Here's How Not to Peel an Onion

Brian Giuffra
Onions.
Onions. / Ian Forsyth/Getty Images
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In this fast-paced world where meal prep has become such of a nuisance that dozens of companies thrive by selling pre-prepared food that makes cooking easier, there remain a few among us who still savor a more deliberate approach to cooking. We are not Michelin chefs or trained experts. We are merely people who understand the satisfaction that comes with a well-crafted meal cooked from scratch.

That satisfaction ends in the finished product, yes, but the real pleasure comes from the process of preparing the meal. From buying the produce to chopping to seasoning to adjusting the seasoning to plating, each element matters. Which brings us to this barbaric way of peeling an onion.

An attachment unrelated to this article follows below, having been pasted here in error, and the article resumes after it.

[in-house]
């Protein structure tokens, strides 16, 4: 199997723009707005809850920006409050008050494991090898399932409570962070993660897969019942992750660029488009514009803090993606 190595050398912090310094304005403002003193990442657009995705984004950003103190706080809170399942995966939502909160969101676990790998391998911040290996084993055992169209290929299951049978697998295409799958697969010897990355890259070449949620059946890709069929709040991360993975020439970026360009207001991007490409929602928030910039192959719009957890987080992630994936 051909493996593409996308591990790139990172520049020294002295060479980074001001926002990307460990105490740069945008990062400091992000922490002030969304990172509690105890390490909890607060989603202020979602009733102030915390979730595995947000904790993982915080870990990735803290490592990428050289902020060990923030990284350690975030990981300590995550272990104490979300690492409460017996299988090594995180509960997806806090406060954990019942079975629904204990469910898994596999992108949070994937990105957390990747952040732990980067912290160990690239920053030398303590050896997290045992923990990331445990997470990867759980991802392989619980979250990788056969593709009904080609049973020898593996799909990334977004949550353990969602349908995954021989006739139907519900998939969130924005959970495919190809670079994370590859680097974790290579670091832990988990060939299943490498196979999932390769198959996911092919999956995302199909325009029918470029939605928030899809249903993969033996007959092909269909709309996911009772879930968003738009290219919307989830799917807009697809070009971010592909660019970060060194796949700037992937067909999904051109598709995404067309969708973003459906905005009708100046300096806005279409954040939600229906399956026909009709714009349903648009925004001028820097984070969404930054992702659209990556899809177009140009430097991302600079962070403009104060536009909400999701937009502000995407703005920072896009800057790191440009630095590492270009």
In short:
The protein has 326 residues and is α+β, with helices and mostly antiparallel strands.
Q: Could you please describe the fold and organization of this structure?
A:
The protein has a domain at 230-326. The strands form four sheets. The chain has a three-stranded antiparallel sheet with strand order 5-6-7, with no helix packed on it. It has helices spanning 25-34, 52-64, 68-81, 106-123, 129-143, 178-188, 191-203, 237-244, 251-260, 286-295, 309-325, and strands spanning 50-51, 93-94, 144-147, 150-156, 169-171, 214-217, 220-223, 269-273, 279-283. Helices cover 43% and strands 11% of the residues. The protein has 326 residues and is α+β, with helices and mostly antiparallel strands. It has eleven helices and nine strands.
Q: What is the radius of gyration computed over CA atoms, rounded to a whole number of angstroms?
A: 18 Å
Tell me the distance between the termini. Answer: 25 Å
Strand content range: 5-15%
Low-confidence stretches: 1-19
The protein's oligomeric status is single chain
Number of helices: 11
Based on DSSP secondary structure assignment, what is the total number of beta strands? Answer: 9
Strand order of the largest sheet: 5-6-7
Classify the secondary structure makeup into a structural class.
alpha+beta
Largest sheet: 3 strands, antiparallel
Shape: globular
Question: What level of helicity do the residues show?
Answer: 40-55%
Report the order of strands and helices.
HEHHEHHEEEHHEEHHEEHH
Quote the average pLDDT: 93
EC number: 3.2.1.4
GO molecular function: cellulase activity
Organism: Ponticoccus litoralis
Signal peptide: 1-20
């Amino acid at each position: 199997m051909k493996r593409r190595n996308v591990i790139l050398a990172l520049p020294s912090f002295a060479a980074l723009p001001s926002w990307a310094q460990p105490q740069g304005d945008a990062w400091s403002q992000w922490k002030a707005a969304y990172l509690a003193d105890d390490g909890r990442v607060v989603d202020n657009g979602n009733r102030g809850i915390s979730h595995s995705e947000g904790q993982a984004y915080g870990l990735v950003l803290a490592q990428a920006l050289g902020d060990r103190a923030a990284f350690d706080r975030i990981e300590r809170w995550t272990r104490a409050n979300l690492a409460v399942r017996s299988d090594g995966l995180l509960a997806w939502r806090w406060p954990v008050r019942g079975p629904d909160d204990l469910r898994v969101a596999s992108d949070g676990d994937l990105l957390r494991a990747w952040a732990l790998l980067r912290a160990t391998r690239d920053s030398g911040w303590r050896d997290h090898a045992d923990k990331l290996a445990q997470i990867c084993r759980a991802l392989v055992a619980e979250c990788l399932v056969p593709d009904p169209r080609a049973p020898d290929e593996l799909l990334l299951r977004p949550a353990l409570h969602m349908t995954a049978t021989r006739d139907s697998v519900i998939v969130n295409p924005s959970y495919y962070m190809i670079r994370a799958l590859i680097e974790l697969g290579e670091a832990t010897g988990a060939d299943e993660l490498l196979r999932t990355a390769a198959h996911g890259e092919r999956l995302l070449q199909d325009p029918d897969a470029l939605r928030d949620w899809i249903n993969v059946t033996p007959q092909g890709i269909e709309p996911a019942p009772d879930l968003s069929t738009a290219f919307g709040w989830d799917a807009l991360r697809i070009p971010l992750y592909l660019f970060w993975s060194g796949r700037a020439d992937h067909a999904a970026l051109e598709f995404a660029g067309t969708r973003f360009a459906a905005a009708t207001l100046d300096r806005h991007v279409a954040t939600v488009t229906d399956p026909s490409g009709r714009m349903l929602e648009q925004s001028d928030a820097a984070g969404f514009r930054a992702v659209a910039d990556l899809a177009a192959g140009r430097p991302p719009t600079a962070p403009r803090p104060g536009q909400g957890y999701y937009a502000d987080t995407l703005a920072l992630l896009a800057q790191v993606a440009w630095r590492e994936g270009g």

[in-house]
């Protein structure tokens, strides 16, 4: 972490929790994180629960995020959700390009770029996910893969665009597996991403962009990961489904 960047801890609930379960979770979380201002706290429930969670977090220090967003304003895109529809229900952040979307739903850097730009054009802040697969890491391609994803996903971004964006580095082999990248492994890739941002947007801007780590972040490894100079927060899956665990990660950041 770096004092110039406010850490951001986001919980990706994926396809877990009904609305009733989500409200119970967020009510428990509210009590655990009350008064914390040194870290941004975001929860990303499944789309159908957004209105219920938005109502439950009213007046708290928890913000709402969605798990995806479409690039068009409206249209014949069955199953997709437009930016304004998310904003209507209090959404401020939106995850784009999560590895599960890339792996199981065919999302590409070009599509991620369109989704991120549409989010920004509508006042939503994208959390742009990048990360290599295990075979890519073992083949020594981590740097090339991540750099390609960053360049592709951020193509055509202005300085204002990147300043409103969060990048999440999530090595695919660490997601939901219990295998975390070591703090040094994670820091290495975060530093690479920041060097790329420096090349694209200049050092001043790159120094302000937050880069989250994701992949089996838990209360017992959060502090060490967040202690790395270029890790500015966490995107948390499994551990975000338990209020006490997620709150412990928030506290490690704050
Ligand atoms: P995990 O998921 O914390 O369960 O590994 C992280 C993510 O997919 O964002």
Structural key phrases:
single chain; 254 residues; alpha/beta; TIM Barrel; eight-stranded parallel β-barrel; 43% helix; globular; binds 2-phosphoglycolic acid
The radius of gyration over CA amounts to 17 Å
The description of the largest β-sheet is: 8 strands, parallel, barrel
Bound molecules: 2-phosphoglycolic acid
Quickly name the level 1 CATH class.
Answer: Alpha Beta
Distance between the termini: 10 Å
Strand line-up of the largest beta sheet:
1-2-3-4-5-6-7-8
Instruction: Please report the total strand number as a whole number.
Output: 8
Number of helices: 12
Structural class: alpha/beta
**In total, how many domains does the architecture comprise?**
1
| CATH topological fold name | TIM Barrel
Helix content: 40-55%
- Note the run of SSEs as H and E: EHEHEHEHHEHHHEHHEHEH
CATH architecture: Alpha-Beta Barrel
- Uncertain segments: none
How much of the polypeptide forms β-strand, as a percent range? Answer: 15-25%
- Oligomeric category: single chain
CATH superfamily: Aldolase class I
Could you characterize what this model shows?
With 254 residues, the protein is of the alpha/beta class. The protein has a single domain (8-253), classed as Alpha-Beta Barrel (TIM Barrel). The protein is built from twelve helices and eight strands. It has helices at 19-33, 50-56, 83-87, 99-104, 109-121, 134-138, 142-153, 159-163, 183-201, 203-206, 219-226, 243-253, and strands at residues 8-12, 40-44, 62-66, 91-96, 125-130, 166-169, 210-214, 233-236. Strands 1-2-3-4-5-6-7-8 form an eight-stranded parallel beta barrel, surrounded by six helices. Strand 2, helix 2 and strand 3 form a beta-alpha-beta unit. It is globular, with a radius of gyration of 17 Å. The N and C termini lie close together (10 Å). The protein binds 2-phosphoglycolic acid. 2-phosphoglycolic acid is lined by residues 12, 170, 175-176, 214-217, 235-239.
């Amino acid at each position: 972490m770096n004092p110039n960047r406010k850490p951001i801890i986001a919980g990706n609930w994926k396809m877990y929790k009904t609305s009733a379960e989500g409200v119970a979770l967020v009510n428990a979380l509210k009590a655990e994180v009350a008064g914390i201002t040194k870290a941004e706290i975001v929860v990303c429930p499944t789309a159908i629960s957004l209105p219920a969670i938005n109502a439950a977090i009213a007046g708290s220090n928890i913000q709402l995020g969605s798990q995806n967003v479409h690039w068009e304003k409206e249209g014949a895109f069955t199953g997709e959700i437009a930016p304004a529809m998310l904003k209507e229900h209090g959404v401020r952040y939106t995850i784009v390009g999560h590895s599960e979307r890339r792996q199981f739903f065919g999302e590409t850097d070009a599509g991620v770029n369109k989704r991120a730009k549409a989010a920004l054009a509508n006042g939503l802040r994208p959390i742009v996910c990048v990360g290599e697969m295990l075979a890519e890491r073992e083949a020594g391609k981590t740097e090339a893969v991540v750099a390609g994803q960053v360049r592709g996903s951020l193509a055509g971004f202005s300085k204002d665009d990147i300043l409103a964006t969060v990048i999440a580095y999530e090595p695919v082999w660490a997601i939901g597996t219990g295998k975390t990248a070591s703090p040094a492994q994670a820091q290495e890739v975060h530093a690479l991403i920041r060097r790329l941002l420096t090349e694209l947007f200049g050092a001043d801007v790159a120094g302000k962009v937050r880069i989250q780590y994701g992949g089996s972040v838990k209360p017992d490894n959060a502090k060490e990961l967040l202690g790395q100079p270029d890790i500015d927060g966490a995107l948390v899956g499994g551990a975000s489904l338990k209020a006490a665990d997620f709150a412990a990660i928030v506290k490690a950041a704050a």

This is not the best way to peel an onion. It's the best way to make yourself cry from all the onion juice that just shot out of that thing and now covers your cutting board, ready to influence the flavor of your other produce soon to be cut on the same surface.

Sure, if you're cooking a soup and blending the vegetables together, you could go this route. Or, as you're already over halfway done with peeling the onion by halving it and pulling out the core, you could just peel the skin off yourself. It takes about 15 seconds, would create less of a mess and then you could cut said onion in a more uniform way, resulting in more even slices.

Really, I should have known someone in this day and age would try and find a shortcut for something as time-less consuming (and quite satisfying) as peeling an onion. Alas, I had higher hope for humanity. That hope is now smashed in a pool of onion juice and I'm tearing up because of it.

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